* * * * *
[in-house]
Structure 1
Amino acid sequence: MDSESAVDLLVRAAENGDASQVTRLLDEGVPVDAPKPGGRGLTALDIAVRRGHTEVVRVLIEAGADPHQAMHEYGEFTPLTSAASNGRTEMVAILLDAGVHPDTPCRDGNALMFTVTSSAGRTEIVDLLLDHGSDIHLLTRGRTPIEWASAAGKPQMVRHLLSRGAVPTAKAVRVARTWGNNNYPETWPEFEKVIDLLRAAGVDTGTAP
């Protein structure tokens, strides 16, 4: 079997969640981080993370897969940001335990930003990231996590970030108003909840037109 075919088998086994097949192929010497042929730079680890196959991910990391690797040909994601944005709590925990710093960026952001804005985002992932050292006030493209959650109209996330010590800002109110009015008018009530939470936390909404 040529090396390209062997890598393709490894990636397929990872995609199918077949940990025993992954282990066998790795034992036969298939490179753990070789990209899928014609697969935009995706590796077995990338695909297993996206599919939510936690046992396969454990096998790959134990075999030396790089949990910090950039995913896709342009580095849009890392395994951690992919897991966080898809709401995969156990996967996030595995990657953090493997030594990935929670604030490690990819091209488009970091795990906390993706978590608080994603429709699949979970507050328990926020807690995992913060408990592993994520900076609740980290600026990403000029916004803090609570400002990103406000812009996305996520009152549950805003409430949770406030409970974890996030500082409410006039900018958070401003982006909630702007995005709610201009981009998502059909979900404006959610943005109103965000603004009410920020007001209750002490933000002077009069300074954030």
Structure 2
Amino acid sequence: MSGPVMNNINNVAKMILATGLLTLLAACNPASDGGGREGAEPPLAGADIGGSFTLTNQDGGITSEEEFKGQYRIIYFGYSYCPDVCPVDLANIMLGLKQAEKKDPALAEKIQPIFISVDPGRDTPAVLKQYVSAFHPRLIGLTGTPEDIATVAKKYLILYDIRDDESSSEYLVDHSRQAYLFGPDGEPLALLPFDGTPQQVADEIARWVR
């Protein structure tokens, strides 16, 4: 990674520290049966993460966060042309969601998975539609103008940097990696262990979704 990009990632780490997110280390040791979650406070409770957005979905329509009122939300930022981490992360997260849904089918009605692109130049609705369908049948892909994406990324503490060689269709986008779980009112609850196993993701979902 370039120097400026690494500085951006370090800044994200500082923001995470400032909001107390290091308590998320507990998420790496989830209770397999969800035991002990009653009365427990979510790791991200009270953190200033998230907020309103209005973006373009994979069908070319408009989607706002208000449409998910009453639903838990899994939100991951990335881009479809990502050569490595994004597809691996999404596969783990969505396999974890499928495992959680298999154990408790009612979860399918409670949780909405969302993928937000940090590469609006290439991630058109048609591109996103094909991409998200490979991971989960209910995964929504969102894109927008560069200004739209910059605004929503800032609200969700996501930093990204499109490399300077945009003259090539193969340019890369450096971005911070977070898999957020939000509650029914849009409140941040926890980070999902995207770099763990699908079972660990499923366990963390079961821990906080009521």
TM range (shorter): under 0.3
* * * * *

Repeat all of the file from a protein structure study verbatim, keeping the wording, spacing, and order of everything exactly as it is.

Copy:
[in-house]
Structure 1
Amino acid sequence: MDSESAVDLLVRAAENGDASQVTRLLDEGVPVDAPKPGGRGLTALDIAVRRGHTEVVRVLIEAGADPHQAMHEYGEFTPLTSAASNGRTEMVAILLDAGVHPDTPCRDGNALMFTVTSSAGRTEIVDLLLDHGSDIHLLTRGRTPIEWASAAGKPQMVRHLLSRGAVPTAKAVRVARTWGNNNYPETWPEFEKVIDLLRAAGVDTGTAP
């Protein structure tokens, strides 16, 4: 079997969640981080993370897969940001335990930003990231996590970030108003909840037109 075919088998086994097949192929010497042929730079680890196959991910990391690797040909994601944005709590925990710093960026952001804005985002992932050292006030493209959650109209996330010590800002109110009015008018009530939470936390909404 040529090396390209062997890598393709490894990636397929990872995609199918077949940990025993992954282990066998790795034992036969298939490179753990070789990209899928014609697969935009995706590796077995990338695909297993996206599919939510936690046992396969454990096998790959134990075999030396790089949990910090950039995913896709342009580095849009890392395994951690992919897991966080898809709401995969156990996967996030595995990657953090493997030594990935929670604030490690990819091209488009970091795990906390993706978590608080994603429709699949979970507050328990926020807690995992913060408990592993994520900076609740980290600026990403000029916004803090609570400002990103406000812009996305996520009152549950805003409430949770406030409970974890996030500082409410006039900018958070401003982006909630702007995005709610201009981009998502059909979900404006959610943005109103965000603004009410920020007001209750002490933000002077009069300074954030």
Structure 2
Amino acid sequence: MSGPVMNNINNVAKMILATGLLTLLAACNPASDGGGREGAEPPLAGADIGGSFTLTNQDGGITSEEEFKGQYRIIYFGYSYCPDVCPVDLANIMLGLKQAEKKDPALAEKIQPIFISVDPGRDTPAVLKQYVSAFHPRLIGLTGTPEDIATVAKKYLILYDIRDDESSSEYLVDHSRQAYLFGPDGEPLALLPFDGTPQQVADEIARWVR
């Protein structure tokens, strides 16, 4: 990674520290049966993460966060042309969601998975539609103008940097990696262990979704 990009990632780490997110280390040791979650406070409770957005979905329509009122939300930022981490992360997260849904089918009605692109130049609705369908049948892909994406990324503490060689269709986008779980009112609850196993993701979902 370039120097400026690494500085951006370090800044994200500082923001995470400032909001107390290091308590998320507990998420790496989830209770397999969800035991002990009653009365427990979510790791991200009270953190200033998230907020309103209005973006373009994979069908070319408009989607706002208000449409998910009453639903838990899994939100991951990335881009479809990502050569490595994004597809691996999404596969783990969505396999974890499928495992959680298999154990408790009612979860399918409670949780909405969302993928937000940090590469609006290439991630058109048609591109996103094909991409998200490979991971989960209910995964929504969102894109927008560069200004739209910059605004929503800032609200969700996501930093990204499109490399300077945009003259090539193969340019890369450096971005911070977070898999957020939000509650029914849009409140941040926890980070999902995207770099763990699908079972660990499923366990963390079961821990906080009521």
TM range (shorter): under 0.3